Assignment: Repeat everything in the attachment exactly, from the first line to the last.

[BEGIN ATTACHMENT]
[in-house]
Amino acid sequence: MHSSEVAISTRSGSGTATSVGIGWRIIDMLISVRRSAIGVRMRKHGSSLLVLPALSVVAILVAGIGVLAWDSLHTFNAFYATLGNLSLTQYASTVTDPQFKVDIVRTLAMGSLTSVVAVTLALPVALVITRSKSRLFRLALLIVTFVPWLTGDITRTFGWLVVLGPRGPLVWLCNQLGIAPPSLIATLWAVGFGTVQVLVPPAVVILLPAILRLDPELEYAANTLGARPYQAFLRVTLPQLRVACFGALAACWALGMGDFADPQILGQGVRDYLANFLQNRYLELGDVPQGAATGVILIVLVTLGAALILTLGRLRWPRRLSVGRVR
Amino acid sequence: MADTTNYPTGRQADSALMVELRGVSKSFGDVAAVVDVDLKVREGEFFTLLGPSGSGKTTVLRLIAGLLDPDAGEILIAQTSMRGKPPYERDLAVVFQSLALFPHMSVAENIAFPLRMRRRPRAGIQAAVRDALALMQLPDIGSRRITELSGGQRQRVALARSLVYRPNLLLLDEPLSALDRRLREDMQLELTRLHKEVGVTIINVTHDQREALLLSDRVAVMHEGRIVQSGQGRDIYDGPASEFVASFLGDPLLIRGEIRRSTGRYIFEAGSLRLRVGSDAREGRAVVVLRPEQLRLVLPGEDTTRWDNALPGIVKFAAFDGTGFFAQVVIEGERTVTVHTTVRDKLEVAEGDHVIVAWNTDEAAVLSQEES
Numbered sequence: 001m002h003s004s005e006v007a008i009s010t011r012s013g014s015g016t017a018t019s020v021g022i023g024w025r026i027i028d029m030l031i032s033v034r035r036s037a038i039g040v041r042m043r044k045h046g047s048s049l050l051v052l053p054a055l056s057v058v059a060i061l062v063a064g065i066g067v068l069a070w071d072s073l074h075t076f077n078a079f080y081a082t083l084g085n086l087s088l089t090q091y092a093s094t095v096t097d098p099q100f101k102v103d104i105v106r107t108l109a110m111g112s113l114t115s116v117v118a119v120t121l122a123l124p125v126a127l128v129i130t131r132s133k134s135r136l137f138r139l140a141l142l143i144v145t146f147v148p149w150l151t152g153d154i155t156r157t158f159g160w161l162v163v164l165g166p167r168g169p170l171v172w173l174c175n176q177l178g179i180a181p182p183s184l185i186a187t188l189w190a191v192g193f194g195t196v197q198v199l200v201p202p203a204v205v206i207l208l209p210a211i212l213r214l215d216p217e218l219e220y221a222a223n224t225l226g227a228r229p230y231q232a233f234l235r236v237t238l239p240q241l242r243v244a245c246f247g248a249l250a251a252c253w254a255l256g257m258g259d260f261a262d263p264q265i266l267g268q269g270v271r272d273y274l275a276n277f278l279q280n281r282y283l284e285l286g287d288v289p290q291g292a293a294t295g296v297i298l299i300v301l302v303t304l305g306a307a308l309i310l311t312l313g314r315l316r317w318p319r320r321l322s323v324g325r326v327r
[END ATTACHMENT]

[in-house]
Amino acid sequence: MHSSEVAISTRSGSGTATSVGIGWRIIDMLISVRRSAIGVRMRKHGSSLLVLPALSVVAILVAGIGVLAWDSLHTFNAFYATLGNLSLTQYASTVTDPQFKVDIVRTLAMGSLTSVVAVTLALPVALVITRSKSRLFRLALLIVTFVPWLTGDITRTFGWLVVLGPRGPLVWLCNQLGIAPPSLIATLWAVGFGTVQVLVPPAVVILLPAILRLDPELEYAANTLGARPYQAFLRVTLPQLRVACFGALAACWALGMGDFADPQILGQGVRDYLANFLQNRYLELGDVPQGAATGVILIVLVTLGAALILTLGRLRWPRRLSVGRVR
Amino acid sequence: MADTTNYPTGRQADSALMVELRGVSKSFGDVAAVVDVDLKVREGEFFTLLGPSGSGKTTVLRLIAGLLDPDAGEILIAQTSMRGKPPYERDLAVVFQSLALFPHMSVAENIAFPLRMRRRPRAGIQAAVRDALALMQLPDIGSRRITELSGGQRQRVALARSLVYRPNLLLLDEPLSALDRRLREDMQLELTRLHKEVGVTIINVTHDQREALLLSDRVAVMHEGRIVQSGQGRDIYDGPASEFVASFLGDPLLIRGEIRRSTGRYIFEAGSLRLRVGSDAREGRAVVVLRPEQLRLVLPGEDTTRWDNALPGIVKFAAFDGTGFFAQVVIEGERTVTVHTTVRDKLEVAEGDHVIVAWNTDEAAVLSQEES
Numbered sequence: 001m002h003s004s005e006v007a008i009s010t011r012s013g014s015g016t017a018t019s020v021g022i023g024w025r026i027i028d029m030l031i032s033v034r035r036s037a038i039g040v041r042m043r044k045h046g047s048s049l050l051v052l053p054a055l056s057v058v059a060i061l062v063a064g065i066g067v068l069a070w071d072s073l074h075t076f077n078a079f080y081a082t083l084g085n086l087s088l089t090q091y092a093s094t095v096t097d098p099q100f101k102v103d104i105v106r107t108l109a110m111g112s113l114t115s116v117v118a119v120t121l122a123l124p125v126a127l128v129i130t131r132s133k134s135r136l137f138r139l140a141l142l143i144v145t146f147v148p149w150l151t152g153d154i155t156r157t158f159g160w161l162v163v164l165g166p167r168g169p170l171v172w173l174c175n176q177l178g179i180a181p182p183s184l185i186a187t188l189w190a191v192g193f194g195t196v197q198v199l200v201p202p203a204v205v206i207l208l209p210a211i212l213r214l215d216p217e218l219e220y221a222a223n224t225l226g227a228r229p230y231q232a233f234l235r236v237t238l239p240q241l242r243v244a245c246f247g248a249l250a251a252c253w254a255l256g257m258g259d260f261a262d263p264q265i266l267g268q269g270v271r272d273y274l275a276n277f278l279q280n281r282y283l284e285l286g287d288v289p290q291g292a293a294t295g296v297i298l299i300v301l302v303t304l305g306a307a308l309i310l311t312l313g314r315l316r317w318p319r320r321l322s323v324g325r326v327r